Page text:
Personally, I seek out for sunscreens with the following filters that all give good UVA protection:  Tinosorb S, M (which both protect against UVA1, UVA2 and UVB), Tinosorb A2B (UVA2, UVB) and Uvinul A Plus (UVA1, UVA2). As different filters have different “peaks” – the wavelengths at which they’re most effective, it’s good to have at least a couple of filters in a formulation. For UVB I also look for: Uvimul T150, Uvasorb HEB (also covers UVA1). There are also the Mexoryl SX and XL filters which are found in La Roche Posay and Vichy suncare (as L’Oreal holds the patent for these filters). I don’t actively seek these ones out though as they’re typically used along with the older filters (with a couple of exceptions). If you have sensitive skin and have previously ruled out organic filters, the newer ones are definitely worth trying (in a decent formulation for sensitive skin of course - check out that list!).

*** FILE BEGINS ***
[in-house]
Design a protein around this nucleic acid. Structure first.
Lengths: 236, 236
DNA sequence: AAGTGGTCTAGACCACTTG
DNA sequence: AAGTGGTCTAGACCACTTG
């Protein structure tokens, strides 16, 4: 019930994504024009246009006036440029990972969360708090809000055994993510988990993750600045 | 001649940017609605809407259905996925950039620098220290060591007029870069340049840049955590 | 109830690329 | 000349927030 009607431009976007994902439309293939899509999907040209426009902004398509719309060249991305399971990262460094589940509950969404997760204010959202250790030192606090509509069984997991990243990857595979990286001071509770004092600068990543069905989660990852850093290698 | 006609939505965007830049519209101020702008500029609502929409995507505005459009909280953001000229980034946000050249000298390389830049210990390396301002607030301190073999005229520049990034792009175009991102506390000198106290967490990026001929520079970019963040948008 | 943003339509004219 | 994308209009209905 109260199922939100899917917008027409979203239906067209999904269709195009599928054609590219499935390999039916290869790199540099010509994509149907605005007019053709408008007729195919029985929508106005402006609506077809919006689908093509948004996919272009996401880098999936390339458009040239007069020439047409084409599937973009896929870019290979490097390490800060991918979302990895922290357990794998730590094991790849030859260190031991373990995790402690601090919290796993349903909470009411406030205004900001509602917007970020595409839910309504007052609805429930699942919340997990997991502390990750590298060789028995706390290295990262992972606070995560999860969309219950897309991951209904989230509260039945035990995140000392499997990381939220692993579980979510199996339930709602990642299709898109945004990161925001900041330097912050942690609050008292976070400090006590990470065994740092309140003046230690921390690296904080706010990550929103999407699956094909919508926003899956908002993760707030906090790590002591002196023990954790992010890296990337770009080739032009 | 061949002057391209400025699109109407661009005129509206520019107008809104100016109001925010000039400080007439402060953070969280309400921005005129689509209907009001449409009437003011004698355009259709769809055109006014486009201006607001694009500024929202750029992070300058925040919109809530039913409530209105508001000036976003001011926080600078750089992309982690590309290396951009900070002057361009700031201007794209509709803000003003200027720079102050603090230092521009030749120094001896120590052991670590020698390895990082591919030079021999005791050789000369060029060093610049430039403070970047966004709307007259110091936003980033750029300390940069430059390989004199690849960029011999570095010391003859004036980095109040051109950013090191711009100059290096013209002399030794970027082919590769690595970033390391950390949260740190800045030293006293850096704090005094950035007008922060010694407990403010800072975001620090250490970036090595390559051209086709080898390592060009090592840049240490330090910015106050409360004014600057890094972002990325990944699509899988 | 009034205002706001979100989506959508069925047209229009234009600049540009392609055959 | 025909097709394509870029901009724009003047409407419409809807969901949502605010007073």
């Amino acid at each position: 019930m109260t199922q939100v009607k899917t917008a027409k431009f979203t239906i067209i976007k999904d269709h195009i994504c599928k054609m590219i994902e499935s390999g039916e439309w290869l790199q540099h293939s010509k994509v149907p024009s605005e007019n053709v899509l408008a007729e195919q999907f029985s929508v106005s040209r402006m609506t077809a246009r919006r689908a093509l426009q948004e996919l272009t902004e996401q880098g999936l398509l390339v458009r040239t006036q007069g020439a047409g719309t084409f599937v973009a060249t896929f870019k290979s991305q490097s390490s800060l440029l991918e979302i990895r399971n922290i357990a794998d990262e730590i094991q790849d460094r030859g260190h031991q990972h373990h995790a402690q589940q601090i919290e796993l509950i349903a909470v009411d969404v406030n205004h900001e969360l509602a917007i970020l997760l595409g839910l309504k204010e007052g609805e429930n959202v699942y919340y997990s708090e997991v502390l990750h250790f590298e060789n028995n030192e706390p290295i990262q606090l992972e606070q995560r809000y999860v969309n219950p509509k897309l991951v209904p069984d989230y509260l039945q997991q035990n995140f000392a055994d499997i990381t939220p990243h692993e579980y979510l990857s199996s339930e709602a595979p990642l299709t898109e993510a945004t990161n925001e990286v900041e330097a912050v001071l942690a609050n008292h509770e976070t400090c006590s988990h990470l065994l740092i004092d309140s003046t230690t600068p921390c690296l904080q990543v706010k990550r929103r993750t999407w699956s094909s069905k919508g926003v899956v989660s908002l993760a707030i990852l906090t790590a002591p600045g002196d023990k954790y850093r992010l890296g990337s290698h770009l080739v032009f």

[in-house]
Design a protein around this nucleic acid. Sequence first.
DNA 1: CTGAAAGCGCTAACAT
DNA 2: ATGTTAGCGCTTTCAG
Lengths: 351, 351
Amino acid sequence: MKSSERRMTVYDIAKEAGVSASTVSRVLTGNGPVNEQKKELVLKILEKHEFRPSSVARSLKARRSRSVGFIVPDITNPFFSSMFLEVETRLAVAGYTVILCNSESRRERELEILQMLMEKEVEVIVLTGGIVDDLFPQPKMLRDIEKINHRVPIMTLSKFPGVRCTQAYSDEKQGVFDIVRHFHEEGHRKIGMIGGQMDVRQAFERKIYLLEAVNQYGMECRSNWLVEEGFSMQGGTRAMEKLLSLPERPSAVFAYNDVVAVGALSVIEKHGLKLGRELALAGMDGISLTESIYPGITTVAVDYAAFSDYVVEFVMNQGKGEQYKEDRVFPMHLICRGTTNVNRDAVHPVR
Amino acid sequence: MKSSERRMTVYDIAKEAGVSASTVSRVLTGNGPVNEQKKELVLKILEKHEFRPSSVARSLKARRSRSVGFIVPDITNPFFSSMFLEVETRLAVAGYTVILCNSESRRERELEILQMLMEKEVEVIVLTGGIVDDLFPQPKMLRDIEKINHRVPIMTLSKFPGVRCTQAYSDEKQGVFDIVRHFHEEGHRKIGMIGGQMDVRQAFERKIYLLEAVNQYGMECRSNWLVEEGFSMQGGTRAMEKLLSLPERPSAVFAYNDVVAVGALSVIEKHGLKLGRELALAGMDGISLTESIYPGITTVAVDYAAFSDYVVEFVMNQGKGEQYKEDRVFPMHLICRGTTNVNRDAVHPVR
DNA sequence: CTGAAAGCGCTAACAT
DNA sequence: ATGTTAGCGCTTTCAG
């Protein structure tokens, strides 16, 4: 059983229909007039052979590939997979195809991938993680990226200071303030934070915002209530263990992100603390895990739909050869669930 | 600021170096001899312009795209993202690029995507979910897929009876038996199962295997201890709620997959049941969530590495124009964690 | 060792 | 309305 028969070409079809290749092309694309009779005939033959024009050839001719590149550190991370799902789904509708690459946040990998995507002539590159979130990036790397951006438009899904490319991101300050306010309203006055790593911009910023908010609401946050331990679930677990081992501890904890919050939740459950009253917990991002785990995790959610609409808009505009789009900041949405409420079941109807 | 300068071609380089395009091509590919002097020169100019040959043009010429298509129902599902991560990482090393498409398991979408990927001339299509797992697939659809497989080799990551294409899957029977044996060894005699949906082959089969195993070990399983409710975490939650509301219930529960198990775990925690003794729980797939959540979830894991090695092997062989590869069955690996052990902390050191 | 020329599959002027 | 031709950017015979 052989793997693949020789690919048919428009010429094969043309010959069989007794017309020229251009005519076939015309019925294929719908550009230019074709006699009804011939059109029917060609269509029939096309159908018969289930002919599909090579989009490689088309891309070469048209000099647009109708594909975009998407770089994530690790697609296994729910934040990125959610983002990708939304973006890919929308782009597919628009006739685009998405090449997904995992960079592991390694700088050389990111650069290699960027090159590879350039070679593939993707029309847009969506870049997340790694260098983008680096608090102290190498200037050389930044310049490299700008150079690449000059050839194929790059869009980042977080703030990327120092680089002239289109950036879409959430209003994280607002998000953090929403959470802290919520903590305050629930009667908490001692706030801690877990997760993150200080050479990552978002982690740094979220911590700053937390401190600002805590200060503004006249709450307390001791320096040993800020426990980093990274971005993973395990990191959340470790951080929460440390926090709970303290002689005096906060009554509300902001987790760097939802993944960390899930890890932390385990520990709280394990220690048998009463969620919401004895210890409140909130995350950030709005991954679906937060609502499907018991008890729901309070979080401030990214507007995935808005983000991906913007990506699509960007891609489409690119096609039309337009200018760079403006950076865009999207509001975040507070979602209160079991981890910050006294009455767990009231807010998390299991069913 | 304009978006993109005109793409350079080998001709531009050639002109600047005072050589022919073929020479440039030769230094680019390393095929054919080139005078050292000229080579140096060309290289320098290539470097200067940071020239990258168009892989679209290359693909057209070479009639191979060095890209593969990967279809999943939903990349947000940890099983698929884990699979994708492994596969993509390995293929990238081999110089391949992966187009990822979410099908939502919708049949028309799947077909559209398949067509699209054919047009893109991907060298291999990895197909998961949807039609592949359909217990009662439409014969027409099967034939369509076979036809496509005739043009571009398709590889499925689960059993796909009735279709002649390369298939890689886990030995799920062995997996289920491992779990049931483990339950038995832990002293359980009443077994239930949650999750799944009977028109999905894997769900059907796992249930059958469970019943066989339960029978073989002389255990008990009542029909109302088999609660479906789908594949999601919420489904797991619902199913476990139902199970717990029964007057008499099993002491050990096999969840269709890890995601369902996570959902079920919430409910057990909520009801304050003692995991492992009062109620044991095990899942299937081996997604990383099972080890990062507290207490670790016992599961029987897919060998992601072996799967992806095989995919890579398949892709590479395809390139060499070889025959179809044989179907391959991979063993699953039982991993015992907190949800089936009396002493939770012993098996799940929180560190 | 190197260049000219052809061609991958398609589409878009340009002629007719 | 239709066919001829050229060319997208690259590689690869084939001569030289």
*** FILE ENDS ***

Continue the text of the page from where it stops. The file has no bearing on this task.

Inorganic (physical) filters

The two inorganic filters, zinc oxide (covering UVA1, UVA2 and UVB rays) and titanium dioxide (only covers UVA2/UVB) have often been considered a good option for sensitive skin especially in the past and seem to be favoured by dermatologists. It's also worth mentioning that zinc oxide offers some protection against visible light (HEV). HEV protection is starting to receive more interest, however there is limited study data around this topic currently. This hasn't stopped a few brands formulating sunscreens which claim to protect against HEV - though I'm not aware of any data to support these claims as yet.